To demonstrate the principle we synthesized two block polyampholytes of linear polyethyleneimine (lPEI) with 1) polymethacrylic acid (lPEI-pMAA, high charge density pA) and polyglutamic acid (lPEI-pGlu, low charge density pA) and prepared complexes with plasmid DNA (pCIluc). We show that a covalent complex between pC and pA can substantially enhance gene transfer activity when compared to a non-polyampholyte mixture. We further describe the phenomena in the examples section of this application. In this specification, the use of the term polyanion may refer to the anionic portion of the polyampholyte and the term polycation may refer to the cationic portion of the polyampholyte. Abbreviations: Poly-L-Lysine (PLL), succinic anhydride-PLL (SPLL), polymethacrylic acid, pMAA and polyaspartic acid, pAsp.

Polymers

A polymer is a molecule built up by repetitive bonding together of smaller units called monomers. In this application the term polymer includes both oligomers which have two to about 80 monomers and polymers having more than 80 monomers. The polymer can be linear, branched network, star, comb, or ladder types of polymer. The polymer can be a homopolymer in which a single monomer is used or can be copolymer in which two or more monomers are used. Types of copolymers include alternating, random, block and graft.

To those skilled in the art of polymerization, there are several categories of polymerization processes that can be utilized in the described process. The polymerization can be chain or step. This classification description is more often used that the previous terminology of addition and condensation polymer.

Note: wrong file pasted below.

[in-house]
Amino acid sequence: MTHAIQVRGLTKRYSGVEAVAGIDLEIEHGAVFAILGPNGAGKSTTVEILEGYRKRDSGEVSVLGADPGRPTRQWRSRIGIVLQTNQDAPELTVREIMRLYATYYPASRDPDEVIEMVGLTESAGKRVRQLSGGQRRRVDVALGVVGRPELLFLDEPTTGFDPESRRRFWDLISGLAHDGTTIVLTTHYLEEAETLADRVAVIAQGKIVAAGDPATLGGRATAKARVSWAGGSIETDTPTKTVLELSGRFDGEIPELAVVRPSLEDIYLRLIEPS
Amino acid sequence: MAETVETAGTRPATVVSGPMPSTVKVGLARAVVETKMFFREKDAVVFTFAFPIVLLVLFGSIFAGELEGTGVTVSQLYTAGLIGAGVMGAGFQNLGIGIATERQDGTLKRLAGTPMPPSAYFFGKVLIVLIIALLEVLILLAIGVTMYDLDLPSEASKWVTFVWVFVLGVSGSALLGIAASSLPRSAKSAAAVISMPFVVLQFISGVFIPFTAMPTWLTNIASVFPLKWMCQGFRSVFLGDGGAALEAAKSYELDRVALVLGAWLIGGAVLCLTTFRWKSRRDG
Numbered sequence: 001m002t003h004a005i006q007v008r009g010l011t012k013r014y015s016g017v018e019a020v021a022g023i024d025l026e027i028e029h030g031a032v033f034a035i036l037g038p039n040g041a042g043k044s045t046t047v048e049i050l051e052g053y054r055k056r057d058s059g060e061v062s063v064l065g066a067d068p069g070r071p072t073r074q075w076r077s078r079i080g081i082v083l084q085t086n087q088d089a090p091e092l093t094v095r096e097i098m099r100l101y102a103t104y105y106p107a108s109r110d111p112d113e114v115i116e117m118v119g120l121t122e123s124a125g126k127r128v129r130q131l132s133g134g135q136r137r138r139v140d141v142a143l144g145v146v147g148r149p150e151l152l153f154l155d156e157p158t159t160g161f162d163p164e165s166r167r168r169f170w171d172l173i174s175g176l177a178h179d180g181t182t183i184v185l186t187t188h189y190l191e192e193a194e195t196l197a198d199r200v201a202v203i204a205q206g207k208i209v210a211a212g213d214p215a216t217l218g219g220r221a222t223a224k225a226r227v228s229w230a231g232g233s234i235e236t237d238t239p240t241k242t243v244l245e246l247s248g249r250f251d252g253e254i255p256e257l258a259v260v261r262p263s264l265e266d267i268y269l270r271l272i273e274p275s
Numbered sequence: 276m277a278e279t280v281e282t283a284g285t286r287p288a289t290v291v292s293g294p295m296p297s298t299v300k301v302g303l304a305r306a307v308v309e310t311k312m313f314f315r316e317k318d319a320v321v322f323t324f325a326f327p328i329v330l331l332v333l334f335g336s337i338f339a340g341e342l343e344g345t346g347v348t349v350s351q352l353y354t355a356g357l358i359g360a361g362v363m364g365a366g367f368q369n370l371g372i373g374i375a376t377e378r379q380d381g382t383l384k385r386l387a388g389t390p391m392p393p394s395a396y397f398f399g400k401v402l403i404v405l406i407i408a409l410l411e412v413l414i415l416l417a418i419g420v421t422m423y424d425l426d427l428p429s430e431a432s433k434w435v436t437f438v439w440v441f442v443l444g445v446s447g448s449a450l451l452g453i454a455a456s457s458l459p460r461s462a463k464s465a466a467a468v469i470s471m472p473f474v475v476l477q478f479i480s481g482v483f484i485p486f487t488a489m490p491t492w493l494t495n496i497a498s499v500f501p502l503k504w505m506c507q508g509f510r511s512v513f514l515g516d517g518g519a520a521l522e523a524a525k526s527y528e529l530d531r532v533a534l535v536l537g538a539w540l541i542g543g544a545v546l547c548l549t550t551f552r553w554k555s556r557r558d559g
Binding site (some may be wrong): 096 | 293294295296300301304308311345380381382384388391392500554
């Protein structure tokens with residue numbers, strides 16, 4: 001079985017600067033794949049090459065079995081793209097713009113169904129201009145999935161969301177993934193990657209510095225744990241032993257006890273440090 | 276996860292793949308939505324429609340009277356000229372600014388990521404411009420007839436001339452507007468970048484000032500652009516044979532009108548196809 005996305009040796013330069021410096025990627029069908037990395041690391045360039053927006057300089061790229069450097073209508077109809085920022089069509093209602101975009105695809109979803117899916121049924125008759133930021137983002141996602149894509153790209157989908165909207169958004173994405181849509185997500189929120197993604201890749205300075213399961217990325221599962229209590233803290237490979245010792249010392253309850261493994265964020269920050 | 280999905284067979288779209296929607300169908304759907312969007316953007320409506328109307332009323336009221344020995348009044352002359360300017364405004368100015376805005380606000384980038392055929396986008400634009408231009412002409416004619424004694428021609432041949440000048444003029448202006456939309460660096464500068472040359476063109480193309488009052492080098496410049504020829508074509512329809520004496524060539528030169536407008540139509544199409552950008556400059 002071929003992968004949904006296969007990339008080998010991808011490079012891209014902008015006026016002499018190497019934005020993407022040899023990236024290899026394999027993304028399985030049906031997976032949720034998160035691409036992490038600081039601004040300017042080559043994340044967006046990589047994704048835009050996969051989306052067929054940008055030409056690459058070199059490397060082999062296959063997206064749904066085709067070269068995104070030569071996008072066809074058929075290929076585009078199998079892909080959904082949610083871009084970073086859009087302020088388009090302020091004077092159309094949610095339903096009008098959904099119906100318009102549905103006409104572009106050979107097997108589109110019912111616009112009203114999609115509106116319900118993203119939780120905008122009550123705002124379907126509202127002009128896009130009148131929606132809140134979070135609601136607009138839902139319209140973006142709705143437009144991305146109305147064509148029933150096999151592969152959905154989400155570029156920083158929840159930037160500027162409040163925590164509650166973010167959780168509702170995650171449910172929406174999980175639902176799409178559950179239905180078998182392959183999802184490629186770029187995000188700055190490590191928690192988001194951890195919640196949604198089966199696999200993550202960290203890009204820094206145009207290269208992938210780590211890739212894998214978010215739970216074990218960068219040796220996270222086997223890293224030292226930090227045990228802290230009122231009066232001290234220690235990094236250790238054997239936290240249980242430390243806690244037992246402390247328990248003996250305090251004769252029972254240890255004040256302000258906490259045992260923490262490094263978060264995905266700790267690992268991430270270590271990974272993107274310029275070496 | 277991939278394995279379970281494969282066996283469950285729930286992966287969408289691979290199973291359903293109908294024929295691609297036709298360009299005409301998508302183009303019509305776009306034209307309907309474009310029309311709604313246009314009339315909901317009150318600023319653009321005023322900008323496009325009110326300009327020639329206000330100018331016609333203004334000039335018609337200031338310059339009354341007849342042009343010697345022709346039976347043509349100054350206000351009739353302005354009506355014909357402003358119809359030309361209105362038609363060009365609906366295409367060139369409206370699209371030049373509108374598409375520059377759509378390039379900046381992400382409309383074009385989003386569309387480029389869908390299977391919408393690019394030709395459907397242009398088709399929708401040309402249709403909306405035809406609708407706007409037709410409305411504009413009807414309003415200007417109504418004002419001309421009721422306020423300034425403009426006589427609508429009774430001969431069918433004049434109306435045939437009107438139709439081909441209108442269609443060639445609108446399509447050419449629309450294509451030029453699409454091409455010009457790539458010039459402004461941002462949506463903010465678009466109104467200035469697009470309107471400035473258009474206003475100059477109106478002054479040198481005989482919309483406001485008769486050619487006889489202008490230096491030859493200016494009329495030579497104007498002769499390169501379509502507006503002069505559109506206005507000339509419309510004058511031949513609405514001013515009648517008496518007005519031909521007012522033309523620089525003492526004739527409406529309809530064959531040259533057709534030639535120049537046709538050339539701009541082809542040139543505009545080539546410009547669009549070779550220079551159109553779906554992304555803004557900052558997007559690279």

Step Polymerization:

In step polymerization, the polymerization occurs in a stepwise fashion. Polymer growth occurs by reaction between monomers, oligomers and polymers. No initiator is needed since there is the same reaction throughout and there is no termination step so that the end groups are still reactive. The polymerization rate decreases as the functional groups are consumed.

Typically, step polymerization is done either of two different ways. One way, the monomer has both reactive functional groups (A and B) in the same molecule so that

A—B yields —(A—B)—

Or the other approach is to have two difunctional monomers.

A—A+B—B yields —(A—A—B—B)—

Generally, these reactions can involve acylation or alkylation. Acylation is defined as the introduction of an acyl group (—COR) onto a molecule. Alkylation is defined as the introduction of an alkyl group onto a molecule.